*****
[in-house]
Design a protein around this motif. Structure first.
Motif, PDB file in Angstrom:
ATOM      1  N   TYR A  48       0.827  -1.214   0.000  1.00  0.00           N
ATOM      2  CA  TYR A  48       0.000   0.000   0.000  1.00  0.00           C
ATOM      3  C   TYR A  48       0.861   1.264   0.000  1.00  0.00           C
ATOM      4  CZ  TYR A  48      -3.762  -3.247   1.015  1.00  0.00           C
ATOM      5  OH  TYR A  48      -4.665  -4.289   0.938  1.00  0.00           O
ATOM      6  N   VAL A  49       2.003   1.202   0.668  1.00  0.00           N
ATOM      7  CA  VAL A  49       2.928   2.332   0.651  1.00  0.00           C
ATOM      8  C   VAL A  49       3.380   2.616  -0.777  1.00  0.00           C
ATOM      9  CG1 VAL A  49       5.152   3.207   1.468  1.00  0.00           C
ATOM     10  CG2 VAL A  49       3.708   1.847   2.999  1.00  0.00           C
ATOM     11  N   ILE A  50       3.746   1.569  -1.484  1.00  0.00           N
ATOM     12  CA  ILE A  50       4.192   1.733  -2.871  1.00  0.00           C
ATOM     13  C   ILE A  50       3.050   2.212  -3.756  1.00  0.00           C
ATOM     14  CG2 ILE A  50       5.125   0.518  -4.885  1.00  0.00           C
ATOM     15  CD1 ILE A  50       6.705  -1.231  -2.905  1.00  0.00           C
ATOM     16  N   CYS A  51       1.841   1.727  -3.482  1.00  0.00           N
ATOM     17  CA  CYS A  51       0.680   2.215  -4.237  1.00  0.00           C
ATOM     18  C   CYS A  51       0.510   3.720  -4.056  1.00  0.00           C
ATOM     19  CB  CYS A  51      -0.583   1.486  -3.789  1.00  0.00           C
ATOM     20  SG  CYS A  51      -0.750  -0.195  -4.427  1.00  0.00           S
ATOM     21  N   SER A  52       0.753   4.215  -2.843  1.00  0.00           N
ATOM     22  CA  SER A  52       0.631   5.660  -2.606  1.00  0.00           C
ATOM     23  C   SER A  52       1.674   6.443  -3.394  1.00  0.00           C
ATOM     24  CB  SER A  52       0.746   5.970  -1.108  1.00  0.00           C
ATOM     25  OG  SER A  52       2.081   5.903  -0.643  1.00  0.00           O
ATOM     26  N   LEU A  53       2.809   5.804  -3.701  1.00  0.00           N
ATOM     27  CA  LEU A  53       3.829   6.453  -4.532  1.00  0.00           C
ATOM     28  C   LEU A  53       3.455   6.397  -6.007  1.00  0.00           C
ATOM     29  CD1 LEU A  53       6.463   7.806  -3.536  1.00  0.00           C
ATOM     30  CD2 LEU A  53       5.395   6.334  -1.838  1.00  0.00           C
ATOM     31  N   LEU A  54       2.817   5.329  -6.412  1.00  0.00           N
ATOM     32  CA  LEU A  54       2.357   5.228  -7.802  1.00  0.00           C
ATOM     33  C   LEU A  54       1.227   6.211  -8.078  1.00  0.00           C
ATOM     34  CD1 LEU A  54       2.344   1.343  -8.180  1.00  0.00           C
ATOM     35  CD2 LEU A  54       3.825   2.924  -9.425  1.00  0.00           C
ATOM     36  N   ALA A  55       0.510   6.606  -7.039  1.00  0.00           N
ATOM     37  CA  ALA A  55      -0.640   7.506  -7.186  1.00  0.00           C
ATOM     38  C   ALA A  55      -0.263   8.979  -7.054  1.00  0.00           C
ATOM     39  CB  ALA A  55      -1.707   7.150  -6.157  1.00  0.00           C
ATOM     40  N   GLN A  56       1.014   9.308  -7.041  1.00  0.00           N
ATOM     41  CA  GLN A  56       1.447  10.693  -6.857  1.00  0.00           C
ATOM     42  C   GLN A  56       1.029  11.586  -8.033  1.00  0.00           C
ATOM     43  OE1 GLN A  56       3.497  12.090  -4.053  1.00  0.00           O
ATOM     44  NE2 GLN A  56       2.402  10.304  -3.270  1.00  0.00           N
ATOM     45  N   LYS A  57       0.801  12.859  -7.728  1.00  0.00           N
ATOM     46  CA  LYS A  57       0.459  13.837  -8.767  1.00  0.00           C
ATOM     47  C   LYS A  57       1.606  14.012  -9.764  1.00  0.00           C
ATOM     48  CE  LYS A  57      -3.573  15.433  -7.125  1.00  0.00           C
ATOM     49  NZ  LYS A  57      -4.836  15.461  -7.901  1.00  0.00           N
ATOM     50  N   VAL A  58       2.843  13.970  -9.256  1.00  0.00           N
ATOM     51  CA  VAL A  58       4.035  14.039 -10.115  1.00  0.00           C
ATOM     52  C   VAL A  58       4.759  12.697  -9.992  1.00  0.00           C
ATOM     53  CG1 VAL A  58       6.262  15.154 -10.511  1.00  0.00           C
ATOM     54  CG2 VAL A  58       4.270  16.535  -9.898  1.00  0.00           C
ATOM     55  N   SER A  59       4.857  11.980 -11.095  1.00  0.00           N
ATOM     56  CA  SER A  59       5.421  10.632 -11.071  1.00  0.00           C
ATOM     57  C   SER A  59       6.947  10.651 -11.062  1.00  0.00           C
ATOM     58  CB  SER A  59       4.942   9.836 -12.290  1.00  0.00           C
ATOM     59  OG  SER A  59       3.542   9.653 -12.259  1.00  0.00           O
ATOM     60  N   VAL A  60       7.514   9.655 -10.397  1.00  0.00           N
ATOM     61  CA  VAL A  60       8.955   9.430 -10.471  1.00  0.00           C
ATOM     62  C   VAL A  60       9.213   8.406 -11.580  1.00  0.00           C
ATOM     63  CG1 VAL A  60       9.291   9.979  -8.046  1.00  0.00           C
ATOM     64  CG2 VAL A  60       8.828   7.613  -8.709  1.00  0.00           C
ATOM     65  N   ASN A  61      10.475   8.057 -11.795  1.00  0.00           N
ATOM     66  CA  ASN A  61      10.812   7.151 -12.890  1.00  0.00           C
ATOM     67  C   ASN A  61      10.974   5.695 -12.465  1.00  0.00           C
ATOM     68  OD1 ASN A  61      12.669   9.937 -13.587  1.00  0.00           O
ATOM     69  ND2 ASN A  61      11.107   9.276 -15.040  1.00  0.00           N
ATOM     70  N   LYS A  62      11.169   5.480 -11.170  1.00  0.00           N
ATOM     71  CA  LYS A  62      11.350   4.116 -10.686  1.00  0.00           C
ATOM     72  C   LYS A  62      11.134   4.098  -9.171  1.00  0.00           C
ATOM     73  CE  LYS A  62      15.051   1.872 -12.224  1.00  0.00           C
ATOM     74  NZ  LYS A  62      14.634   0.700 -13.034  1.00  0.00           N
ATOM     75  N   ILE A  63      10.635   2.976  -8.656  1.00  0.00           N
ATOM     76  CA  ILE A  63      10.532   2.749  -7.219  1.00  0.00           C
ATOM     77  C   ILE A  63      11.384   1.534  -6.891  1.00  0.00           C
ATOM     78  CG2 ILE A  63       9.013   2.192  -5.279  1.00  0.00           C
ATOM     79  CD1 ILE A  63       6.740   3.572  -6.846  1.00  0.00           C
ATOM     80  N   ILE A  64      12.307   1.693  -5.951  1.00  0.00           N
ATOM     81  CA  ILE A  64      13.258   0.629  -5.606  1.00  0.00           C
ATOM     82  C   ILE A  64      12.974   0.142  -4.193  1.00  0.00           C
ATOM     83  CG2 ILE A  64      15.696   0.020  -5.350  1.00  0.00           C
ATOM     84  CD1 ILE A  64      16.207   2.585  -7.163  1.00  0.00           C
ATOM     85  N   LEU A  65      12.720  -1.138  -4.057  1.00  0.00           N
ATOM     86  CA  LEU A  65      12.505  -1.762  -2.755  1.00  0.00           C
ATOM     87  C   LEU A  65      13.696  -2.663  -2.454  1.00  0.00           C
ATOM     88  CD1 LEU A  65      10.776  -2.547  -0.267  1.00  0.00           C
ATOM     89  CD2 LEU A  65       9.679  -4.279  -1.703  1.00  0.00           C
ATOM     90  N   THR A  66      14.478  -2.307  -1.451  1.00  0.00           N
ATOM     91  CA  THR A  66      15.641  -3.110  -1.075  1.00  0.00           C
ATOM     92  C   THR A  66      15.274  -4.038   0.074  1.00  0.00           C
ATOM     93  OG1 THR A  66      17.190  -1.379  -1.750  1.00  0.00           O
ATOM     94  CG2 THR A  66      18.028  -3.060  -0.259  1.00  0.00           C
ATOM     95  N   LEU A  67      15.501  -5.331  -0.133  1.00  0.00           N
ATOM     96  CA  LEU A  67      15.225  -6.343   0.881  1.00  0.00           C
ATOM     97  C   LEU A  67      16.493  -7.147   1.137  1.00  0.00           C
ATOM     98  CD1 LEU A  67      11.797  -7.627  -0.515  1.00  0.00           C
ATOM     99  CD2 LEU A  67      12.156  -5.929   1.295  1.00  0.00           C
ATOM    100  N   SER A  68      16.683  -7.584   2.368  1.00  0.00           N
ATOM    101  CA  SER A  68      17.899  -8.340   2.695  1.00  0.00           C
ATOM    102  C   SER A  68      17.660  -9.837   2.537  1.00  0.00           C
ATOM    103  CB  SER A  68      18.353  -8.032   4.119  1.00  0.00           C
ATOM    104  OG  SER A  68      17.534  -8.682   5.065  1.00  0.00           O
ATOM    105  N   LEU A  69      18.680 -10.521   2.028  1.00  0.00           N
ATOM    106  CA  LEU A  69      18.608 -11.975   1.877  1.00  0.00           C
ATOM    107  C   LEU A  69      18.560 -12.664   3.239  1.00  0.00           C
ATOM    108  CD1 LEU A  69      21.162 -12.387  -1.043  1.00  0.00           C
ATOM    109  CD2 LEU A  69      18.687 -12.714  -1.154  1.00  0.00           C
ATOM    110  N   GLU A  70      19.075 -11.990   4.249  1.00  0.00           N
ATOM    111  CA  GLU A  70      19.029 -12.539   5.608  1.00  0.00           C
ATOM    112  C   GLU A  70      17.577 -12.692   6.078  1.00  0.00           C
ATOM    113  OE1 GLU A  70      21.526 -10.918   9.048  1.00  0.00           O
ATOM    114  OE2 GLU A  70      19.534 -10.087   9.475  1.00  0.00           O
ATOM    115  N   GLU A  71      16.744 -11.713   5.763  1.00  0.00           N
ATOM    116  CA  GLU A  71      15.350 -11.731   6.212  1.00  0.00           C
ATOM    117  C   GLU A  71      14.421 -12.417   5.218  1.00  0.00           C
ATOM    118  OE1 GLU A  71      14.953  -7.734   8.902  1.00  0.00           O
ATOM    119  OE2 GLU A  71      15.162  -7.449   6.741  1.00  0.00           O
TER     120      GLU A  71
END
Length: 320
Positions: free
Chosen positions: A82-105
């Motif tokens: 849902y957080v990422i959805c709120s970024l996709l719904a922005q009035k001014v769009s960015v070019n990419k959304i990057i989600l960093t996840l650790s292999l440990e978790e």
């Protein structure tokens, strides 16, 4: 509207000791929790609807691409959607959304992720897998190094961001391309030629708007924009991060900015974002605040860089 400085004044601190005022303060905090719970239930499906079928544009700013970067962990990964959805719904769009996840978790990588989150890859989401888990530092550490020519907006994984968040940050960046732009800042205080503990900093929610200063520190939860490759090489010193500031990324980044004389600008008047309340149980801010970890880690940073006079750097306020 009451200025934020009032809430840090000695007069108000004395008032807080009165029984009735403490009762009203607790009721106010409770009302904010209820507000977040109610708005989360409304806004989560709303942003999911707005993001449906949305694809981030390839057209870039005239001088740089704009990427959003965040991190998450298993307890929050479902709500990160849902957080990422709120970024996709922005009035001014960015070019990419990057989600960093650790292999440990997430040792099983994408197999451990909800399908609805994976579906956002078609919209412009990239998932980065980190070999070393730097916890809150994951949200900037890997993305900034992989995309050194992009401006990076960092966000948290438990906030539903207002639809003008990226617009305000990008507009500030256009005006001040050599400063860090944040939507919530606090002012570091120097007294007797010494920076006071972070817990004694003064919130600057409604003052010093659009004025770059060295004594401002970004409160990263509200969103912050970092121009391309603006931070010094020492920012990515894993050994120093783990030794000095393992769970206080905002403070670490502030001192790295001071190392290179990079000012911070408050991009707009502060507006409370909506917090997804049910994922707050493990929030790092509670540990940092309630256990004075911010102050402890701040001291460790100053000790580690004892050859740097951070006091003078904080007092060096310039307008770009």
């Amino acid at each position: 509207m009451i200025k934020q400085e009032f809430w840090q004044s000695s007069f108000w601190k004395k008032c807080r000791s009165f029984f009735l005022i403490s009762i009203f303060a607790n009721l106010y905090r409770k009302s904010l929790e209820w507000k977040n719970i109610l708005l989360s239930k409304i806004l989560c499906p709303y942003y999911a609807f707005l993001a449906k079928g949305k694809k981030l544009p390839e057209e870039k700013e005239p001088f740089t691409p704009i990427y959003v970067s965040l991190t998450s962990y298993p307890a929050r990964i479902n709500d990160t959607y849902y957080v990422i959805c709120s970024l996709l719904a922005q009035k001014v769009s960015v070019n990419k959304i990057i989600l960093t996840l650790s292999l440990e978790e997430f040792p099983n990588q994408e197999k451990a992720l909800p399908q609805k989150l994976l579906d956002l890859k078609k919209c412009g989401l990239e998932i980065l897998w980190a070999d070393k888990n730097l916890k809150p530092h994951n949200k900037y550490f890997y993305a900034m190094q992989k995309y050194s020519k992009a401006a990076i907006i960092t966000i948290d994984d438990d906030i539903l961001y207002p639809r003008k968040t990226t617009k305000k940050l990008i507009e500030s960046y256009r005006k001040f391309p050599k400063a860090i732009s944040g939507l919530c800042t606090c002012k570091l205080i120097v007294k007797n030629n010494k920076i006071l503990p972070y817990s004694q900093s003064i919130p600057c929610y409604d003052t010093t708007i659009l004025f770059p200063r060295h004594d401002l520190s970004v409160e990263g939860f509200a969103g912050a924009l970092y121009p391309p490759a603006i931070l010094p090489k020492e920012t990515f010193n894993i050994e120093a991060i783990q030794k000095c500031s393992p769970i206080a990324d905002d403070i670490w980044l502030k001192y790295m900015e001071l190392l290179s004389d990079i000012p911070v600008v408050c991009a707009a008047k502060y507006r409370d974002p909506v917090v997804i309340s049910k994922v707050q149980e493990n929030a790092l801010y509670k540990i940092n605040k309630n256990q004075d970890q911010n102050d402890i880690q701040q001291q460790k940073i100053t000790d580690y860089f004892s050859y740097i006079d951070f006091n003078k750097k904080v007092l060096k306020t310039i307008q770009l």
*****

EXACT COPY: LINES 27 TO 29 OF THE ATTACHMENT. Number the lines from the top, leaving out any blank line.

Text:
ATOM     24  CB  SER A  52       0.746   5.970  -1.108  1.00  0.00           C
ATOM     25  OG  SER A  52       2.081   5.903  -0.643  1.00  0.00           O
ATOM     26  N   LEU A  53       2.809   5.804  -3.701  1.00  0.00           N